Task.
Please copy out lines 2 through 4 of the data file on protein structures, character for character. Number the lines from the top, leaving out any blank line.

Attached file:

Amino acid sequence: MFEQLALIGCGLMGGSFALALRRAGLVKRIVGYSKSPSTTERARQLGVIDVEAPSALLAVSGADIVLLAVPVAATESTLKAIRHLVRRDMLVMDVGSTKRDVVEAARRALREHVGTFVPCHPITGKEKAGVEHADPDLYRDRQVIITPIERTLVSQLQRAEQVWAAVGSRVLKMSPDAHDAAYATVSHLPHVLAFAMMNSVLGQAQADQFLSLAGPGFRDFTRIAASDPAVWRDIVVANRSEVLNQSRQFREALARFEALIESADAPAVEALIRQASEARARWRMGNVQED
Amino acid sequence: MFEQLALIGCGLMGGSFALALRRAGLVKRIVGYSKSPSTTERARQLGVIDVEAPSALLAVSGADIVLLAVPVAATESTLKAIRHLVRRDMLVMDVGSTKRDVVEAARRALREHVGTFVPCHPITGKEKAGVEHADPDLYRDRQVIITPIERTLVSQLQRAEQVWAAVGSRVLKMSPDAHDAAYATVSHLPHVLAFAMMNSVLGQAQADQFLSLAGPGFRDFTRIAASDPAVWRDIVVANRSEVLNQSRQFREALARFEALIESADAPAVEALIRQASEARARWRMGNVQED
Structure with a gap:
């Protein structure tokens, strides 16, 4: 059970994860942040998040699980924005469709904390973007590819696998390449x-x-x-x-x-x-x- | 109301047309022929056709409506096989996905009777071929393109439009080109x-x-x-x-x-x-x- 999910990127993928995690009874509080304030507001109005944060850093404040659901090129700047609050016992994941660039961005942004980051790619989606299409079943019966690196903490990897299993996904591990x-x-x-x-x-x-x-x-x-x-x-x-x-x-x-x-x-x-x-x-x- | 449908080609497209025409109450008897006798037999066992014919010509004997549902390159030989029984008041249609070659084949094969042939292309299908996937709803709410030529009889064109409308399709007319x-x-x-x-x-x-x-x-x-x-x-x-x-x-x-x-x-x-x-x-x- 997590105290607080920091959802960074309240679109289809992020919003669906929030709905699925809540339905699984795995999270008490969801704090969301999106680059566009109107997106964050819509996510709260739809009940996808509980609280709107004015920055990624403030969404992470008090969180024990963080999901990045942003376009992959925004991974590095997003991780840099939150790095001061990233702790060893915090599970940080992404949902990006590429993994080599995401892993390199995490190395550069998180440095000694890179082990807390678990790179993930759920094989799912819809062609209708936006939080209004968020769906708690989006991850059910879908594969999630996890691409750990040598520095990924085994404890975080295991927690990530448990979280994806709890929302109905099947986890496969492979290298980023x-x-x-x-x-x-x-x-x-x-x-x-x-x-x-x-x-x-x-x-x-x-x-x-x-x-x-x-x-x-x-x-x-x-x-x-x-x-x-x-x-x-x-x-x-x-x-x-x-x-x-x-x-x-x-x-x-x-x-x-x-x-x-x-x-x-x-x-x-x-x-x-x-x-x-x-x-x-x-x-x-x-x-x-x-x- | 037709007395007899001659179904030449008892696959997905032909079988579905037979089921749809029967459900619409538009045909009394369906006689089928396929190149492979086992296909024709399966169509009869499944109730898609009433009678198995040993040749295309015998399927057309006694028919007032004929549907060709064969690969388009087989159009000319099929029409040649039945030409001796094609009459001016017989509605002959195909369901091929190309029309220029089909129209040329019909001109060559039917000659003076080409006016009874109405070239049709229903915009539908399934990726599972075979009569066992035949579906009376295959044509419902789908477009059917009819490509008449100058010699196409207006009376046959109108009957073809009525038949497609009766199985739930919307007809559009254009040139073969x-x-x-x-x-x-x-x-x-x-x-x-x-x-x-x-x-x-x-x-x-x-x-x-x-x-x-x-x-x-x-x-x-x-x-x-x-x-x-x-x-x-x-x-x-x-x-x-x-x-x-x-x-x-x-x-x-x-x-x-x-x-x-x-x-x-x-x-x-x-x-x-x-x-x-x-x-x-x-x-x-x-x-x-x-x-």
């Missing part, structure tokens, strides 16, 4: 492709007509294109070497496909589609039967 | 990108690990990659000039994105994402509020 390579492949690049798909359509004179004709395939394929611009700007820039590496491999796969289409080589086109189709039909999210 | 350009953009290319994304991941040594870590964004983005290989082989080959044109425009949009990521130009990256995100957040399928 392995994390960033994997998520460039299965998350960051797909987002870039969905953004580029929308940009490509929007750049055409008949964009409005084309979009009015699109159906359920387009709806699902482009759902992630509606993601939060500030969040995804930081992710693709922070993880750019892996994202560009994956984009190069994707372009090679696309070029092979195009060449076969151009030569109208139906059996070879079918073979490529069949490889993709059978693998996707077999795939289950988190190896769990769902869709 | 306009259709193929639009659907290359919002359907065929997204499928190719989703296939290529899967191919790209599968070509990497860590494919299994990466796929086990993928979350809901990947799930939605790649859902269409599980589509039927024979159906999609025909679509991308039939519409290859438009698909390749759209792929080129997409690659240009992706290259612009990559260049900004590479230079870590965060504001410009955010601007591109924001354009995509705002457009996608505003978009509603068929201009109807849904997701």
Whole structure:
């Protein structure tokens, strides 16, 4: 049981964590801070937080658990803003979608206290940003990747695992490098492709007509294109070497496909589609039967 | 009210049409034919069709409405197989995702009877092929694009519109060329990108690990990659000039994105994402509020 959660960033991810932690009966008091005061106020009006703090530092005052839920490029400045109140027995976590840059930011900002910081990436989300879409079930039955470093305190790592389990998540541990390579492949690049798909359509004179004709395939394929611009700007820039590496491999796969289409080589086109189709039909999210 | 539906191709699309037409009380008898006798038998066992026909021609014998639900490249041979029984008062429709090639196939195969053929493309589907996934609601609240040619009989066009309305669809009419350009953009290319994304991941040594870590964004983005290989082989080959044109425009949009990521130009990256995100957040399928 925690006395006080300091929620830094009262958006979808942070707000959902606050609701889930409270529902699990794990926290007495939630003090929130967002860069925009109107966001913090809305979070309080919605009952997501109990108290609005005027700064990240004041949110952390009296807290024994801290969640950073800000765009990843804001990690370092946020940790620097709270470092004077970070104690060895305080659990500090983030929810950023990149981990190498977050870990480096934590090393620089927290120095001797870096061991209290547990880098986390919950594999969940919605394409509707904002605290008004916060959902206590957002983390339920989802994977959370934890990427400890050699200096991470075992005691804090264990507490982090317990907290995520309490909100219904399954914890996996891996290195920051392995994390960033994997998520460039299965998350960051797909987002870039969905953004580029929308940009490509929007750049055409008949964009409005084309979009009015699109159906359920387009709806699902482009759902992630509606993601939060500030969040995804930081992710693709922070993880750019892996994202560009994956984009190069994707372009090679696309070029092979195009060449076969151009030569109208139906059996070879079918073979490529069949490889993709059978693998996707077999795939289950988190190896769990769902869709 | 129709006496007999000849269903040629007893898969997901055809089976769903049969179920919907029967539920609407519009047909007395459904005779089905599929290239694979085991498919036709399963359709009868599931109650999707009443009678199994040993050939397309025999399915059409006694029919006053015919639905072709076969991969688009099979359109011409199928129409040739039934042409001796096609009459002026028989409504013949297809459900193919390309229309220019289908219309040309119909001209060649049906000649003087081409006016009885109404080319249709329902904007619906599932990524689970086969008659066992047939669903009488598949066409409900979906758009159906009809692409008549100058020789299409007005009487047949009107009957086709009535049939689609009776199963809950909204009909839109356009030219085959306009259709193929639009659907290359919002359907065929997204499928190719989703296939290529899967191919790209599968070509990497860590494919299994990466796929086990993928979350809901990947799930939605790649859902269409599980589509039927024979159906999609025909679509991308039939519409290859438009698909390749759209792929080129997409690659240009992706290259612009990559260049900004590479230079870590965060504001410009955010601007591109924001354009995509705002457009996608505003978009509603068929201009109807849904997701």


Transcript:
Amino acid sequence: MFEQLALIGCGLMGGSFALALRRAGLVKRIVGYSKSPSTTERARQLGVIDVEAPSALLAVSGADIVLLAVPVAATESTLKAIRHLVRRDMLVMDVGSTKRDVVEAARRALREHVGTFVPCHPITGKEKAGVEHADPDLYRDRQVIITPIERTLVSQLQRAEQVWAAVGSRVLKMSPDAHDAAYATVSHLPHVLAFAMMNSVLGQAQADQFLSLAGPGFRDFTRIAASDPAVWRDIVVANRSEVLNQSRQFREALARFEALIESADAPAVEALIRQASEARARWRMGNVQED
Structure with a gap:
């Protein structure tokens, strides 16, 4: 059970994860942040998040699980924005469709904390973007590819696998390449x-x-x-x-x-x-x- | 109301047309022929056709409506096989996905009777071929393109439009080109x-x-x-x-x-x-x- 999910990127993928995690009874509080304030507001109005944060850093404040659901090129700047609050016992994941660039961005942004980051790619989606299409079943019966690196903490990897299993996904591990x-x-x-x-x-x-x-x-x-x-x-x-x-x-x-x-x-x-x-x-x- | 449908080609497209025409109450008897006798037999066992014919010509004997549902390159030989029984008041249609070659084949094969042939292309299908996937709803709410030529009889064109409308399709007319x-x-x-x-x-x-x-x-x-x-x-x-x-x-x-x-x-x-x-x-x- 997590105290607080920091959802960074309240679109289809992020919003669906929030709905699925809540339905699984795995999270008490969801704090969301999106680059566009109107997106964050819509996510709260739809009940996808509980609280709107004015920055990624403030969404992470008090969180024990963080999901990045942003376009992959925004991974590095997003991780840099939150790095001061990233702790060893915090599970940080992404949902990006590429993994080599995401892993390199995490190395550069998180440095000694890179082990807390678990790179993930759920094989799912819809062609209708936006939080209004968020769906708690989006991850059910879908594969999630996890691409750990040598520095990924085994404890975080295991927690990530448990979280994806709890929302109905099947986890496969492979290298980023x-x-x-x-x-x-x-x-x-x-x-x-x-x-x-x-x-x-x-x-x-x-x-x-x-x-x-x-x-x-x-x-x-x-x-x-x-x-x-x-x-x-x-x-x-x-x-x-x-x-x-x-x-x-x-x-x-x-x-x-x-x-x-x-x-x-x-x-x-x-x-x-x-x-x-x-x-x-x-x-x-x-x-x-x-x- | 037709007395007899001659179904030449008892696959997905032909079988579905037979089921749809029967459900619409538009045909009394369906006689089928396929190149492979086992296909024709399966169509009869499944109730898609009433009678198995040993040749295309015998399927057309006694028919007032004929549907060709064969690969388009087989159009000319099929029409040649039945030409001796094609009459001016017989509605002959195909369901091929190309029309220029089909129209040329019909001109060559039917000659003076080409006016009874109405070239049709229903915009539908399934990726599972075979009569066992035949579906009376295959044509419902789908477009059917009819490509008449100058010699196409207006009376046959109108009957073809009525038949497609009766199985739930919307007809559009254009040139073969x-x-x-x-x-x-x-x-x-x-x-x-x-x-x-x-x-x-x-x-x-x-x-x-x-x-x-x-x-x-x-x-x-x-x-x-x-x-x-x-x-x-x-x-x-x-x-x-x-x-x-x-x-x-x-x-x-x-x-x-x-x-x-x-x-x-x-x-x-x-x-x-x-x-x-x-x-x-x-x-x-x-x-x-x-x-």